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Reviews Categories | Receivers: General Coverage | Hallicrafters WR-4000 Help

Reviews Summary for Hallicrafters WR-4000
Hallicrafters WR-4000 Reviews: 1 Average rating: 4.0/5 MSRP: $?
Description: FM AM SW All Transistor Portable
Product is not in production.
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You can write your own review of the Hallicrafters WR-4000.

W6GH Rating: 4/5 Jul 31, 2007 17:55 Send this review to a friend
Great Audio  Time owned: 0 to 3 months
This Hallicrafters is of Japanese manufacture. I don't know what part, if any, that Hallicrafters had in the actual design of this radio.

I recently purchased this radio off of Ebay. It had suffered a previous occurrence of battery leakage that did not do extensive damage. It is easy to understand how this might have occurred as a small screwdriver is required to open the case. There is no easy open battery access.

Once opened I discovered that the battery case is removable and has a common negative-tip coaxial power connector. I found a 12-Volt transformer in my junk-box that works perfectly.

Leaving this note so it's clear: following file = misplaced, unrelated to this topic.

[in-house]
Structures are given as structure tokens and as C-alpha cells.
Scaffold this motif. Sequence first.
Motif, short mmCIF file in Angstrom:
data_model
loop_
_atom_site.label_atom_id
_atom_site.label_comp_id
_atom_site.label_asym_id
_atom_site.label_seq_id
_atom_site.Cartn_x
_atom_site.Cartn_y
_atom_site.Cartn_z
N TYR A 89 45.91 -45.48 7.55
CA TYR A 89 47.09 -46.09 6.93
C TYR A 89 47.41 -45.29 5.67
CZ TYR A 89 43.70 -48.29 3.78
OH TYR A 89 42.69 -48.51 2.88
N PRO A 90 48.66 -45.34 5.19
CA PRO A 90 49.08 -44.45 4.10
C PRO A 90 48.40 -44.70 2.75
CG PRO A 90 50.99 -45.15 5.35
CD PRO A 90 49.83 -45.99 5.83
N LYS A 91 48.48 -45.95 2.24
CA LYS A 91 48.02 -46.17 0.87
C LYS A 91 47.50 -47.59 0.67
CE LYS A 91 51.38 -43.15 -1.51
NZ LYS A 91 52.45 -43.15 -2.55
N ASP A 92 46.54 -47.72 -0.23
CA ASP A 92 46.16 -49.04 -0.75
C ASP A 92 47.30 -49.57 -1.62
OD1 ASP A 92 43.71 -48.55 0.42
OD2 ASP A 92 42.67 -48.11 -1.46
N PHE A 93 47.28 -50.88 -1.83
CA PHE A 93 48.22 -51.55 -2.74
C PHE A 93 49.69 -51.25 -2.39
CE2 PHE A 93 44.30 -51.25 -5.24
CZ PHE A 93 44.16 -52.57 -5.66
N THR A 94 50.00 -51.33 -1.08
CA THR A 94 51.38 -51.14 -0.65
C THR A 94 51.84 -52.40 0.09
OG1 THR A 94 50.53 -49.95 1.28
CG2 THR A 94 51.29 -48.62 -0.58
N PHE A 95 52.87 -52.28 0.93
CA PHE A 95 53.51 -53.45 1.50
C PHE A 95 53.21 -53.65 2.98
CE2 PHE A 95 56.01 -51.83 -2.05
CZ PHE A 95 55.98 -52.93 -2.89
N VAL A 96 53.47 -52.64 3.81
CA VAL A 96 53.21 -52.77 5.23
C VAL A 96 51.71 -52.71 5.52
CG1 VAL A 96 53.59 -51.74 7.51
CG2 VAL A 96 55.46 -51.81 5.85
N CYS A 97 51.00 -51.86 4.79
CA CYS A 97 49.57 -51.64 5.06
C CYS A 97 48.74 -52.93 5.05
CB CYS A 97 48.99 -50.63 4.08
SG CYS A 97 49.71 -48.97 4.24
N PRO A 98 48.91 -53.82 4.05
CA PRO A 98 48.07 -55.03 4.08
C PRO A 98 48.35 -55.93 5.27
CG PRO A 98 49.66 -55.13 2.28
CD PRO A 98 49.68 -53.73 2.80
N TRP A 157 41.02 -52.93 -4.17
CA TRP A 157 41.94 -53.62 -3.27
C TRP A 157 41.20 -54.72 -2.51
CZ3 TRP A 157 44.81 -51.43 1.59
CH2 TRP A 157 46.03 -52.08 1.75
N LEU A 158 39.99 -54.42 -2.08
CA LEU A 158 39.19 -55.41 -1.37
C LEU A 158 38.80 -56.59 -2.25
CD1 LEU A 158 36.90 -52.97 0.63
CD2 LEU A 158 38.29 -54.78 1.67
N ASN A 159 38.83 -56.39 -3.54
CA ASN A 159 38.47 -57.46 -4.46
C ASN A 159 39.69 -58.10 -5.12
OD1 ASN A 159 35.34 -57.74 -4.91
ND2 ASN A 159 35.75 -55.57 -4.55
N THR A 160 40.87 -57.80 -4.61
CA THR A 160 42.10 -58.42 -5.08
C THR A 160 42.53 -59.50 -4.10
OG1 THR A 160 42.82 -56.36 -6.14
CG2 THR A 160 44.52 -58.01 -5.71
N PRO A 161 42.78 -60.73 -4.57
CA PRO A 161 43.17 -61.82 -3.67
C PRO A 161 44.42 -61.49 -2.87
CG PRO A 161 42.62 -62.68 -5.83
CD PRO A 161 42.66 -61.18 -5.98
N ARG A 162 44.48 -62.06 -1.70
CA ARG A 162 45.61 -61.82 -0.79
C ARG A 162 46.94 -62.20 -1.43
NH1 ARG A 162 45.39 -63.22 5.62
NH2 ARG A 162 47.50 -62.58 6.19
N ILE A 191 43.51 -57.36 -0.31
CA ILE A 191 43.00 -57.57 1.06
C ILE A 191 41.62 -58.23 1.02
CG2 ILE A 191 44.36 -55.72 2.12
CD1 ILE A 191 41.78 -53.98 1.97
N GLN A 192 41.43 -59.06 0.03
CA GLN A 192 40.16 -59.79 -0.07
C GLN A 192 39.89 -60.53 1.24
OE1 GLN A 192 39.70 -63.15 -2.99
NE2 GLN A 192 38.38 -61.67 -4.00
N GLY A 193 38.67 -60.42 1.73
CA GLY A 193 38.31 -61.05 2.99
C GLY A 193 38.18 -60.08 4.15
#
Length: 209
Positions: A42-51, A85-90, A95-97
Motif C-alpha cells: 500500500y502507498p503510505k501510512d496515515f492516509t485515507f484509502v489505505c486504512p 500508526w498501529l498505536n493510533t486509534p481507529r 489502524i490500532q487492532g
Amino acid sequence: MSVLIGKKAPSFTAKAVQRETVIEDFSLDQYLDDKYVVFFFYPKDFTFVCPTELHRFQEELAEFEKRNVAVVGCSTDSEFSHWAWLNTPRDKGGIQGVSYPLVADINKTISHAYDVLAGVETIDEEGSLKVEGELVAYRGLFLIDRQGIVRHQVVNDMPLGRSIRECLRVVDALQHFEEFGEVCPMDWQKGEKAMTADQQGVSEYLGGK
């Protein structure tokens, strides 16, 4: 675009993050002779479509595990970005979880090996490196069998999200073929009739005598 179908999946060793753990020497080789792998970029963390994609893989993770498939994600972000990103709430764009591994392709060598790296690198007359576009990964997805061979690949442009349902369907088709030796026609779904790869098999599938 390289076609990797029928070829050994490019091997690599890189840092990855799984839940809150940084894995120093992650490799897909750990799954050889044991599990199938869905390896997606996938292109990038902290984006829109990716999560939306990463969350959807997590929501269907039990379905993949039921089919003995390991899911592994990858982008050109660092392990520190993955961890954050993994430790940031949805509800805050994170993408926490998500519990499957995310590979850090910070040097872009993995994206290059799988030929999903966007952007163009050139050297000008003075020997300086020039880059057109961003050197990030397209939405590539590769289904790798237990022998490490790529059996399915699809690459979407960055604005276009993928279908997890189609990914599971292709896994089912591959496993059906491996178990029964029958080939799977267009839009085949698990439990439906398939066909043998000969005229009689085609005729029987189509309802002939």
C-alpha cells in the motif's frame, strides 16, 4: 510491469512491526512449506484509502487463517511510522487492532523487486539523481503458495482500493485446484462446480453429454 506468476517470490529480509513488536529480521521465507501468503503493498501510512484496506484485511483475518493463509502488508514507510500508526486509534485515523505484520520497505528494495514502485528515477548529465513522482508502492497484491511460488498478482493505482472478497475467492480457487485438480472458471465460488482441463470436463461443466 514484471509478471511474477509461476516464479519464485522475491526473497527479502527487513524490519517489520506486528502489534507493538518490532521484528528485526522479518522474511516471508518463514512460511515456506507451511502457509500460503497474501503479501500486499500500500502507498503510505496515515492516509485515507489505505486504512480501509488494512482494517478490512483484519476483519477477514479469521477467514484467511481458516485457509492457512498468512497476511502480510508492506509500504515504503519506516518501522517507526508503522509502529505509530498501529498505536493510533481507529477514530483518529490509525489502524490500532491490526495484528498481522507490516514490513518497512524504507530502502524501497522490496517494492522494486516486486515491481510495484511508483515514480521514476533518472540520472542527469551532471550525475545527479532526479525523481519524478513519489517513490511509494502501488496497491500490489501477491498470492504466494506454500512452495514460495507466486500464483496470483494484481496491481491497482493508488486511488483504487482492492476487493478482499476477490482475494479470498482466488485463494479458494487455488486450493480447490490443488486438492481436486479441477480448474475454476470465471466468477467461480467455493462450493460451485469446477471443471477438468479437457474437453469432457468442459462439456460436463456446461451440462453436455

Unfortunately Hallicrafters did not provide an external connector for power or antenna. The case top must be opened to reach any of these connection points. There is a small slit in the case that will allow the cover to be reattached while providing a path for antenna, ground, and power wires. It was originally intended for a 300-Ohm twin-lead attached to a pair of rabbit ears that were apparently delivered with this radio when new.

The Hallicrafters WR-4000 is basically a transistor-era Zenith Transoceanic clone. The configuration is the same in that a drum dial scale is employed. However Hallicrafters elected to place the controls on the narrow top edge of the radio as opposed to the classic clone configuration with front panel controls.

The first and immediate impression of this radio is of the powerful audio. The speaker is marked "2.5-Watt" into "4-Ohms." The actual output is rated at 500 Milliwatts. This is above average for this type of radio and provides plenty of audio with relatively deep bass if desired. While it does not have the overall dynamic-range and frequency-response of the Grundig Satelit 700 it is very listenable with as they say, "room filling sound." The tone control is a rotary-switch with three roll off selections. The fourth position is marked "CW."

The radio employs 14 Transistors and tunes the following frequency ranges. 0.18-0.4 / 0.535-1.65 / 2-4 / 5.85-10.3 / 11.4-18.2 / 87.5-108 MHz. The sensitivity and selectivity are good and at least on par with the Zeniths, if not better. All in all not a bad little receiver for Hallicrafters' swan song.

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